February Rambling: niece Rebecca Jade in a movie

My niece, Rebecca Jade, appears as a singer (typecasting, that) in a film called 5 Hour Friends, starring Tom Sizemore,

autocorrectFrom Jeff Sharlet, who I knew long ago: Inside the Iron Closet: What It’s Like to Be Gay in Putin’s Russia. In 2010, Jeff wrote about the American roots of Uganda’s anti-gay persecutions. He notes: “Centrist media sources dismissed my reporting as alarmist; The Economist assured us it would never pass. [This week], Ugandan President Museveni is signing the bill into law.”

There was no Jesse Owens at Sochi.

Arthur’s letter to straight people: why coming out matters; read the linked articles therein, too. (Watch that Dallas sportscaster on Ellen.)

So Dangerous He Needs a Soo-da-nim. Racist homophobes who comment on Sharp Little Pencil’s blog.

With conversations about shipping potentially dangerous liquids through my area, here’s a recollection of a train wreck 40 years ago.

If you knew you were going blind, what would be the last thing you would want to see before everything went dark?

The mess of an answered prayer and talking about mental illness.

A Hero’s Welcome after World War II. On a lighter note, The Margarine Wars.

This school is not a pipe, or pipeline.

An alto’s-eye view of choral music.

Who the heck was Ed Sullivan. Plus, Meet the Beatles and what it replaced, and What the critics wrote about the Beatles in 1964, and Introducing the Beatles to America.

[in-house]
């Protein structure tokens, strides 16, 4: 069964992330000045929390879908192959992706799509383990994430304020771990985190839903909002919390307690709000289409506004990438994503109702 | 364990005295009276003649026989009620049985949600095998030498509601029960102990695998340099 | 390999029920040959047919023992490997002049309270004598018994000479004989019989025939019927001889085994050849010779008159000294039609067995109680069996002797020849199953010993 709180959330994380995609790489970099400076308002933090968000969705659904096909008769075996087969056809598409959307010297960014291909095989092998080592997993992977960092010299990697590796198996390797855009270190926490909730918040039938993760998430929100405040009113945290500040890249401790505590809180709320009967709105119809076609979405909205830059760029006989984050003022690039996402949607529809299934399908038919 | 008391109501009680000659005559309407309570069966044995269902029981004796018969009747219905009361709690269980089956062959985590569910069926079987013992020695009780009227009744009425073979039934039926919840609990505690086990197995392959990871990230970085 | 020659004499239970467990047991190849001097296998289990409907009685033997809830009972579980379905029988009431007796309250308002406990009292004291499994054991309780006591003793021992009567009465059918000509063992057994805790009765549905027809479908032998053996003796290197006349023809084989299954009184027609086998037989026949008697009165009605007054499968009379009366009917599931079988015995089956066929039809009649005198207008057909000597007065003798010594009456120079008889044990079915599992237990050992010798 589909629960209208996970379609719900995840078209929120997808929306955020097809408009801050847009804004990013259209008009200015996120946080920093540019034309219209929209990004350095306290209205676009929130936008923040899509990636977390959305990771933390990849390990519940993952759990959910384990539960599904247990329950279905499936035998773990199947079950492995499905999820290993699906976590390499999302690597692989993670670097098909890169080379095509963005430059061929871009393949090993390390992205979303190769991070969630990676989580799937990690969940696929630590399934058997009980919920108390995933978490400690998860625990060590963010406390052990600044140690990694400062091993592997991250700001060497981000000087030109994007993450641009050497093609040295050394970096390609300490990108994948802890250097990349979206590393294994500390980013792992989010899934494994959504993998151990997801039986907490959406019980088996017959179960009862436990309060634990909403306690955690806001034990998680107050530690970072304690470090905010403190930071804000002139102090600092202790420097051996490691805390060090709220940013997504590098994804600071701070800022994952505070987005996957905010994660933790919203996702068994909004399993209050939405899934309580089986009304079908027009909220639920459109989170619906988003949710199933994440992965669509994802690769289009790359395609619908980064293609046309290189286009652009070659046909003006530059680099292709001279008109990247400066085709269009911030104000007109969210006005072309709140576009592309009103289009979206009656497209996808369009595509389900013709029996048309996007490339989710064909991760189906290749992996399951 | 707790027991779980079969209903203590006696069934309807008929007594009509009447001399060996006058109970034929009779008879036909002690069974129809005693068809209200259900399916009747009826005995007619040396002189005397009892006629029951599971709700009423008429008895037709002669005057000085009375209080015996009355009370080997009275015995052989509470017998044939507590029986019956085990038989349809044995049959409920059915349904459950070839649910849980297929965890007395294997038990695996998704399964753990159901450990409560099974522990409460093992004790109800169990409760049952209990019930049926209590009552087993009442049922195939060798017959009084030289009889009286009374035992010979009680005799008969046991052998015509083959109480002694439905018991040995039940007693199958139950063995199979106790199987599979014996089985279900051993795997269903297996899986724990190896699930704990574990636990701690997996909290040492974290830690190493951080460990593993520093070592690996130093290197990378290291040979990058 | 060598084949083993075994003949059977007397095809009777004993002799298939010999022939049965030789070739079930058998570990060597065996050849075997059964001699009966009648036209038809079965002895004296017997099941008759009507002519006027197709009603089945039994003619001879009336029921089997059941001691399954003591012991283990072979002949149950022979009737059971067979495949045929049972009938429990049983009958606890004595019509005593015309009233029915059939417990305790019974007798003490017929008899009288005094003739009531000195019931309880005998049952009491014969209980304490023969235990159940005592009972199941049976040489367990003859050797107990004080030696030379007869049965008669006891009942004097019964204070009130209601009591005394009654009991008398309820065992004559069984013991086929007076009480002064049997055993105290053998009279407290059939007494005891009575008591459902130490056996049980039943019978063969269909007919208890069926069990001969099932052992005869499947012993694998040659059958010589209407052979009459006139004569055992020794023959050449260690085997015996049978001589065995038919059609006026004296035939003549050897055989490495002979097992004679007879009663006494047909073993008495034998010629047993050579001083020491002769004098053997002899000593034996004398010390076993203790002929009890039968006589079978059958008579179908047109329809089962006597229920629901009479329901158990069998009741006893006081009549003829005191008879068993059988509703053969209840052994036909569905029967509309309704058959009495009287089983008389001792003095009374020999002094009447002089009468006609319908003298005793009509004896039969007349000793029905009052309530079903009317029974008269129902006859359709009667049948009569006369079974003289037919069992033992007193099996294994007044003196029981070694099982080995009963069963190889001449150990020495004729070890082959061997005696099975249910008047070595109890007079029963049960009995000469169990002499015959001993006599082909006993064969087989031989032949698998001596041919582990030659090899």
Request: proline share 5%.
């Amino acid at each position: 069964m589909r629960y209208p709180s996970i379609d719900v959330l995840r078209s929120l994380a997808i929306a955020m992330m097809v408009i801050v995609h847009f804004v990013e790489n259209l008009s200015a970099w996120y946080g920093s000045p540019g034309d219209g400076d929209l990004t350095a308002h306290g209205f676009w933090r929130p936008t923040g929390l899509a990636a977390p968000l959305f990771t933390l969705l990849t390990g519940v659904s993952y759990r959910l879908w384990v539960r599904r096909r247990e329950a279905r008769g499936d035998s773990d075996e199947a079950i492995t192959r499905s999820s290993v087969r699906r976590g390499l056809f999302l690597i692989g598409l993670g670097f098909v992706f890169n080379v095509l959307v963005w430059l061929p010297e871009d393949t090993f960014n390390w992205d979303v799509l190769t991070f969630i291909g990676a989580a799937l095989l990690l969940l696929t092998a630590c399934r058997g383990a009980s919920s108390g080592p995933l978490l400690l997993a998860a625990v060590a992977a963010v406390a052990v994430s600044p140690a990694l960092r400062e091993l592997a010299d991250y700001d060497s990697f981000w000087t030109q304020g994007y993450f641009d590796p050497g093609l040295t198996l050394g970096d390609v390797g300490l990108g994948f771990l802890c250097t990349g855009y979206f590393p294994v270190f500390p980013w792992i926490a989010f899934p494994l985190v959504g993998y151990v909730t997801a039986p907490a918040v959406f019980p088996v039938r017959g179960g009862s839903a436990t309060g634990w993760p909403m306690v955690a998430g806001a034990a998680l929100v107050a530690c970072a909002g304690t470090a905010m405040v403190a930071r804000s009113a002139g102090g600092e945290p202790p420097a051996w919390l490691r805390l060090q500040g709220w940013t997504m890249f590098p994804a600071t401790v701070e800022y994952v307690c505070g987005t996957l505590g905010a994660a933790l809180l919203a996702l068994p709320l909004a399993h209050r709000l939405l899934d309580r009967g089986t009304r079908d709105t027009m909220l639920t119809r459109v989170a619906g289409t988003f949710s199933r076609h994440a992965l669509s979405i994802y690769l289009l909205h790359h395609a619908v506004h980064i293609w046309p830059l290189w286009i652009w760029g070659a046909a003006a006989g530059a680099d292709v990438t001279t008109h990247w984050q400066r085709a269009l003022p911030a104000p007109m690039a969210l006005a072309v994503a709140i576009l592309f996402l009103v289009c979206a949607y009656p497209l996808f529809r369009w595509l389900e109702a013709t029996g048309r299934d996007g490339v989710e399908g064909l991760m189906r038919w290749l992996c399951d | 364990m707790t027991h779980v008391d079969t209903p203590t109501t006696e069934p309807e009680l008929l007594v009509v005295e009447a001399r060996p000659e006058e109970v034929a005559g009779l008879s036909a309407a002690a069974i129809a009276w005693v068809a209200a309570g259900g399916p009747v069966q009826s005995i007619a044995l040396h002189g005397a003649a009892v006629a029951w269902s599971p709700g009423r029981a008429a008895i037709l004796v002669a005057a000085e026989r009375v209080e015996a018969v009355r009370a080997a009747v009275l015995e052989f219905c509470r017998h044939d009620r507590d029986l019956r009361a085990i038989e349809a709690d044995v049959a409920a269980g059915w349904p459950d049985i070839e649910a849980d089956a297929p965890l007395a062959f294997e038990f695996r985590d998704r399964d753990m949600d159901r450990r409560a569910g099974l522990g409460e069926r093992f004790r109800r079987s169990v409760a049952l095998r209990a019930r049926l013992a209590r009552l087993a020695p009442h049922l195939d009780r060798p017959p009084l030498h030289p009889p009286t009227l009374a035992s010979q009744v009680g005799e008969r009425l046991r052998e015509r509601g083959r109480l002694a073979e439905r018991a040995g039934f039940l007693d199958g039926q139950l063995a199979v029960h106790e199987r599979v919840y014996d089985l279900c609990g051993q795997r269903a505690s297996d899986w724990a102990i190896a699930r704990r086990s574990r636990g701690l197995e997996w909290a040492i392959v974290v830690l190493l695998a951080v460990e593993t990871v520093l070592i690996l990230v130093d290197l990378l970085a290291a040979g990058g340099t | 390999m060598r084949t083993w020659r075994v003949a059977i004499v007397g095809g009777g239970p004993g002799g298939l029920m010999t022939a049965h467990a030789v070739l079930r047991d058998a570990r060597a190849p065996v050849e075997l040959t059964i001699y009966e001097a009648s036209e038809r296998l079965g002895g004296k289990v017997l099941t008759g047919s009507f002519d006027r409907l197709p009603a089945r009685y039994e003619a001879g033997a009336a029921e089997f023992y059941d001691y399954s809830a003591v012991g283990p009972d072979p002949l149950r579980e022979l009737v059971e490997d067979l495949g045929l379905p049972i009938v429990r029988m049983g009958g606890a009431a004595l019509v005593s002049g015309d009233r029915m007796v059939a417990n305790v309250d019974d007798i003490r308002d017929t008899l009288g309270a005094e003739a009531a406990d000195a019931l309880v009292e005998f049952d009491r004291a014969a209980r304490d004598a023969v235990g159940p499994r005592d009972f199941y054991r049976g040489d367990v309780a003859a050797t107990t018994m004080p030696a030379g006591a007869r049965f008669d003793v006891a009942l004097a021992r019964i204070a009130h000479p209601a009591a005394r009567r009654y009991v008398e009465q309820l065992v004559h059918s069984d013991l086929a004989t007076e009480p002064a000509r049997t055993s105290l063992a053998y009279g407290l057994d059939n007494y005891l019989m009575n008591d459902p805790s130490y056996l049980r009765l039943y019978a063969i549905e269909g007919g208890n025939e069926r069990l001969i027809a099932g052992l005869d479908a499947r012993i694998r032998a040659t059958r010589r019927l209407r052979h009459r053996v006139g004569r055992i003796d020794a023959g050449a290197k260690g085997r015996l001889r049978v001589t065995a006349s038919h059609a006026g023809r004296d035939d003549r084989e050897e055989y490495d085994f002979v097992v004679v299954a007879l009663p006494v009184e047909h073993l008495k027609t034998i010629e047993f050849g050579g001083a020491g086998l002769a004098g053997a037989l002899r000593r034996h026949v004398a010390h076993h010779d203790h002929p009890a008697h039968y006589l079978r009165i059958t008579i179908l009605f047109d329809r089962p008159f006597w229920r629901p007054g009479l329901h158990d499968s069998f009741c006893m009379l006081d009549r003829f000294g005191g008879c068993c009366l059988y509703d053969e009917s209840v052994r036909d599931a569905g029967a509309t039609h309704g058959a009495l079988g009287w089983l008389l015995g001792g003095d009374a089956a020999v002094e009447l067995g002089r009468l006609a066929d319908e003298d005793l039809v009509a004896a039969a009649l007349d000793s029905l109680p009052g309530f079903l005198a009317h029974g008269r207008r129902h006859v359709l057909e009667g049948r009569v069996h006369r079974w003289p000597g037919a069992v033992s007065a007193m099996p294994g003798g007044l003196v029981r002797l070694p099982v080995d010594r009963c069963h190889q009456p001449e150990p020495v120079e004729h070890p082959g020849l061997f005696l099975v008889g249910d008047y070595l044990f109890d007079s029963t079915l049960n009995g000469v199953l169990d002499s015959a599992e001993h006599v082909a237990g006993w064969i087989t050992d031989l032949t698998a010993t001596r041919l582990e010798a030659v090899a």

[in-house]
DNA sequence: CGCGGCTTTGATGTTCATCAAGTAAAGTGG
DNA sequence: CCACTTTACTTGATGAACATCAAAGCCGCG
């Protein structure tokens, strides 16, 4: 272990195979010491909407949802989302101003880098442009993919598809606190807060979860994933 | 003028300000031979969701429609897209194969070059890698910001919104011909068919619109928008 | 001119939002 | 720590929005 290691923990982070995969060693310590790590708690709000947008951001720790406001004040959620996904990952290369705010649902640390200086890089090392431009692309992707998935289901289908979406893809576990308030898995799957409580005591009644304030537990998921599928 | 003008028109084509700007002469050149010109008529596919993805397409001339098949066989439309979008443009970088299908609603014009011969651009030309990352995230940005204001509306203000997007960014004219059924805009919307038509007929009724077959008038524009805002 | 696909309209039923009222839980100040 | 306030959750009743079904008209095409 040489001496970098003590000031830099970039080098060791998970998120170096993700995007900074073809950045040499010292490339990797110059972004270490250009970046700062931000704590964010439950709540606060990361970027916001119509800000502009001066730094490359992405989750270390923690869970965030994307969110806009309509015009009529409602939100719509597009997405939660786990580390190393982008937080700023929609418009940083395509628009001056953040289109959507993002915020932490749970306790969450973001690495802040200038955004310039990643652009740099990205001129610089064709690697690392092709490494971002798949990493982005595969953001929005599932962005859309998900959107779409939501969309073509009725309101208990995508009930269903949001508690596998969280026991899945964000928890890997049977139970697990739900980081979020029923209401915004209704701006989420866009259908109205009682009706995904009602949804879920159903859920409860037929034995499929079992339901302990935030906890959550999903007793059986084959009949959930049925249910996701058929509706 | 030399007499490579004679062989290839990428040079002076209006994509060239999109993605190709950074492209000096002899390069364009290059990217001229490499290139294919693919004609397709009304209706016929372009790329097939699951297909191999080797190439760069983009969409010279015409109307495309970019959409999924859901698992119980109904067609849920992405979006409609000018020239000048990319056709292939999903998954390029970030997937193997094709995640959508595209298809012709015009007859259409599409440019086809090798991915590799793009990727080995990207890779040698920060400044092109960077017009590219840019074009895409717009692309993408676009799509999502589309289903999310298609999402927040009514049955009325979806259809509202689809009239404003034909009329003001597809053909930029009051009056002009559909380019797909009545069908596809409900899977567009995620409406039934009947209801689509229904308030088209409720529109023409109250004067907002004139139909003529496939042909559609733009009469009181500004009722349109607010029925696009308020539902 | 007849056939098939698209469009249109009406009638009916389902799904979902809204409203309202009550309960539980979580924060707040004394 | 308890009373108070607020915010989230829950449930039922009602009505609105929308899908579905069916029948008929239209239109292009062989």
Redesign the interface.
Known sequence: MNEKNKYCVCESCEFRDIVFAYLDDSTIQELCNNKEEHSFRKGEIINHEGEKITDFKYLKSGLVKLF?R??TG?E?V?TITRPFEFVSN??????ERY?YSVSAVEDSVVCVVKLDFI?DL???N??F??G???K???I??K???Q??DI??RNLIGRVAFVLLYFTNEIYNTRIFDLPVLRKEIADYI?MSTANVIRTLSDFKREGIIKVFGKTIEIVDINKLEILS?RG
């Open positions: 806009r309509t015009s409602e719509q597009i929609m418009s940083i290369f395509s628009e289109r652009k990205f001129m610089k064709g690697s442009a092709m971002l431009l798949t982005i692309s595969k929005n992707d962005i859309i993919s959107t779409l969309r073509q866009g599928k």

Evanier’s experiences with Sid Caesar. Evanier wrote a brace of followup stories here (which also talks about Howie Morris) and here. Also, Dick Cavett reviewed one of Caesar’s two autobiographies, plus an article about the ever-foldable Al Jaffee of MAD.

Leonard Maltin on meeting Shirley Temple.

There are several Harold Ramis films I haven’t seen yet, but the ones I DID view – Animal House, Ghostbusters, Analyze This – I really enjoyed. Groundhog Day was among the first movies I ever purchased on VHS. And his SCTV stuff was fine, too.

A reminder that this is why we are so touched by Philip Seymour Hoffman’s death, from Anthony Lane. As someone put it, “It’s not his celebrity but his art.”

An audio link to a 46-minute lecture by Charles Schulz.

My niece, Rebecca Jade appears as a singer (typecasting, that) in a film called 5 Hour Friends, starring Tom Sizemore, a 97 minute comedy/drama/romance. “A lifelong womanizer gets a taste of his own medicine.” It was made in 2013, but not widely released, if at all. It will be in theatrical release in San Diego March 28-April 4th. Here’s the trailer, in which Rebecca can briefly be both seen and heard singing.

After only an 18-month hiatus, Tosy and Cosh are back ranking every U2 song.